As the first chill of winter arrives near the end of fall, the mudslider teuthopin will dig out an earthen chamber only slightly larger than itself and proceed to fill it with bits of small flora, such as Pioneer Quillballs, as well as the branches of larger ones, such as the lacy-leaf obsiditree. Once its den is snug and secure, the mudslider teuthopin will enter a state of torpor as it winters through the colder months, relying on the stores of fat it accumulated from the gorging it underwent prior to its slumber. During this period of time, a healthy adult can lose nearly a quarter of its bodyweight as its body continues to perform the bare necessity of functions needed to maintain life. It is only when warmth returns to the land and the first flaw begins to soak these underground burrows will the teuthopins stir once more, and once they do so they will seek the surface so that they may bask in the suns rays in preparation for filling their empty bellies. It is these first spring ventures, when the teuthopins emerge in mass while the land is wet with melting snow and fresh mud - inevitably leading to them covered in the later - that has led to their namesake.
Mating & Reproduction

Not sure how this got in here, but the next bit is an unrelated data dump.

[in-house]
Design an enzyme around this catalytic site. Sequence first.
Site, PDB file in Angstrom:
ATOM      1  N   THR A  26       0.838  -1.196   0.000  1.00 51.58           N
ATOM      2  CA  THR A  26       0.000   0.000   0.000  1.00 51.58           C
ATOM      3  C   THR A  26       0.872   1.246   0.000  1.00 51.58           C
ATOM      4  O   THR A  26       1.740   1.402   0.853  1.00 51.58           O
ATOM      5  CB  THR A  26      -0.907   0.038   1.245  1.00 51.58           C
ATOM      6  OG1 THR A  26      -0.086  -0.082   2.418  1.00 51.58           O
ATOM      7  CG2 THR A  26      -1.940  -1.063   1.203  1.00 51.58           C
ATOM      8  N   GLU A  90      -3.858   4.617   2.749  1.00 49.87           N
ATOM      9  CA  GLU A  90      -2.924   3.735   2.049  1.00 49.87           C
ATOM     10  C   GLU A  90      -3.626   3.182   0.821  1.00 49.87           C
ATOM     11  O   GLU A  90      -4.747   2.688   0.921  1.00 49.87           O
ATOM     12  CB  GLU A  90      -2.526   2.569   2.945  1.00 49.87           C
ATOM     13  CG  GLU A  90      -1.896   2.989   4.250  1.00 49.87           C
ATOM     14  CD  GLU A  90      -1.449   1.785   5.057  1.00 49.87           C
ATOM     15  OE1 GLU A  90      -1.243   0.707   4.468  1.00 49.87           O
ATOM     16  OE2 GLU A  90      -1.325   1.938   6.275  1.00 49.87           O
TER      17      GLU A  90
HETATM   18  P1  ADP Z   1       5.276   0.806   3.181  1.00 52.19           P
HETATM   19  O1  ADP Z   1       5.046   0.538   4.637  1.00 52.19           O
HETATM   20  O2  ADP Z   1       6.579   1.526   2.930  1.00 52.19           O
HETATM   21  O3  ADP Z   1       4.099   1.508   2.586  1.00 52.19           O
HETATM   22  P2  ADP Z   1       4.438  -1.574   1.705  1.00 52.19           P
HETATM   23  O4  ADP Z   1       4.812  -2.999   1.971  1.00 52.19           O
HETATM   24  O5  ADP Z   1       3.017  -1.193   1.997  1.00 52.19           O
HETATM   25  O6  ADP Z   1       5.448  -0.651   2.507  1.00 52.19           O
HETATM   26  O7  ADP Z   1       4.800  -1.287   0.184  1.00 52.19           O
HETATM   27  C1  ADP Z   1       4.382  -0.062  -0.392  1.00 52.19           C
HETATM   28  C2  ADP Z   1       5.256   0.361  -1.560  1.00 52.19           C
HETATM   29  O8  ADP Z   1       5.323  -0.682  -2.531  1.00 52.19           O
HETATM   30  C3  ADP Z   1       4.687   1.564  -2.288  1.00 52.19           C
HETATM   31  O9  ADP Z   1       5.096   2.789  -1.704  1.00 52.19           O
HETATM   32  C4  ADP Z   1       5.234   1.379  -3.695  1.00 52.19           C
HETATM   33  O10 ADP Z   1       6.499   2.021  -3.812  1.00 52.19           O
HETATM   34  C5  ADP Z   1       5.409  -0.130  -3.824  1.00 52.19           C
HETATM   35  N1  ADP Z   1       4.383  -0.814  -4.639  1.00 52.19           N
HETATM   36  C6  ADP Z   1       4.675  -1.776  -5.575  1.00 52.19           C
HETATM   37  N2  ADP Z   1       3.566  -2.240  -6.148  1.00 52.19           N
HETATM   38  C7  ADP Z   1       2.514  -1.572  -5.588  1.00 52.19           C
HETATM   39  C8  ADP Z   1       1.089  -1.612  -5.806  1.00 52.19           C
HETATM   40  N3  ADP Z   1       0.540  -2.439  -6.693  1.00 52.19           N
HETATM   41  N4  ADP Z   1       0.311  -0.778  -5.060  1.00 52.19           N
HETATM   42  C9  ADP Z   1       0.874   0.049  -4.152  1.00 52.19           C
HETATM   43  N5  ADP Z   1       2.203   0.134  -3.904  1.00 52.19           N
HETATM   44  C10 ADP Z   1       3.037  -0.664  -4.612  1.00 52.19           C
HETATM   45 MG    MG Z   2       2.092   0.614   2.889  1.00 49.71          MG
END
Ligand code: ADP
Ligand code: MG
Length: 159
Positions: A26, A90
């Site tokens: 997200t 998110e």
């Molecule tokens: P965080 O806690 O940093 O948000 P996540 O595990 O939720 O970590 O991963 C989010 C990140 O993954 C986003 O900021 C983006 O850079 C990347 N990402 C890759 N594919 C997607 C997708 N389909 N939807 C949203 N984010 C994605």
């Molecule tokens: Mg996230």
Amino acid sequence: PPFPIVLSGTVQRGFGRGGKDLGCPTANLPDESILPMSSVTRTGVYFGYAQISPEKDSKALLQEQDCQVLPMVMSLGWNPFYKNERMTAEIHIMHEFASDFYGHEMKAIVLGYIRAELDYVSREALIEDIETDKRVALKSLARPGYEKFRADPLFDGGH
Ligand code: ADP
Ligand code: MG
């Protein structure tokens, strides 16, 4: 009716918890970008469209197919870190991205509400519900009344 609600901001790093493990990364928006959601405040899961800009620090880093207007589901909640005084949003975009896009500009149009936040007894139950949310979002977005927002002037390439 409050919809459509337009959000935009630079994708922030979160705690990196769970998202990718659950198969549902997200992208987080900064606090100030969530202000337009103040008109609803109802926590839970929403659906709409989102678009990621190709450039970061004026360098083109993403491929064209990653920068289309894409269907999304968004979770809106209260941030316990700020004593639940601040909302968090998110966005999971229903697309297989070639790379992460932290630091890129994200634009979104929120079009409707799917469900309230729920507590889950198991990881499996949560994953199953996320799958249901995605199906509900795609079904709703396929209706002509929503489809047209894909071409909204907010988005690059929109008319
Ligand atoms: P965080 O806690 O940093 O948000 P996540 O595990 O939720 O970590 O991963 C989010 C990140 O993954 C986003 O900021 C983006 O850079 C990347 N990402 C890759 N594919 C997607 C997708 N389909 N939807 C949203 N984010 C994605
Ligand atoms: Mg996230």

Mating occurs in early fall. In preparation for this, healthy hermaphrodite specimens will, over the course of a week, take on a rich vibrant teal color. This hue is not unlike the favored camouflage of the ice teuthopins, and signifies both as a sign of sexual readiness and also to help attract potential mates. The process begins early in the morning, with individuals surfacing and searching for secluded, open spot, whereupon they will repeatedly release a heavy thrumming sound as they rapidly vibrate their vocal sacs. While there is great risk in doing so, the desire to mate overwhelms them, and as such they may do this for hours at a time. Should they be successful in their endeavors, they will attract several others of their kind. What follows next is much like how other, early teuthopins did to reproduce, though with one additional step. A small "tournament" occurs, with mock fighting between the various contestants going on in order to determine which is the more powerful individual. Said fights involve smacking beaks together and slapping each other with their tentacles, until one contestant surrenders. In time, a victor is determined, and who then goes on fertilize all the other hermaphrodite's eggs, before they are all placed in the pouch of a carrier or two, depending on how many contestants there were. This process can be exhausting, especially for the victor, and most will soon retreat underground - because of the energy expended by the winner, who often doesn't have their own eggs fertilized, they will resort to reabsorbing their unfertilized eggs in order to regain some nutrients and energy. (edited)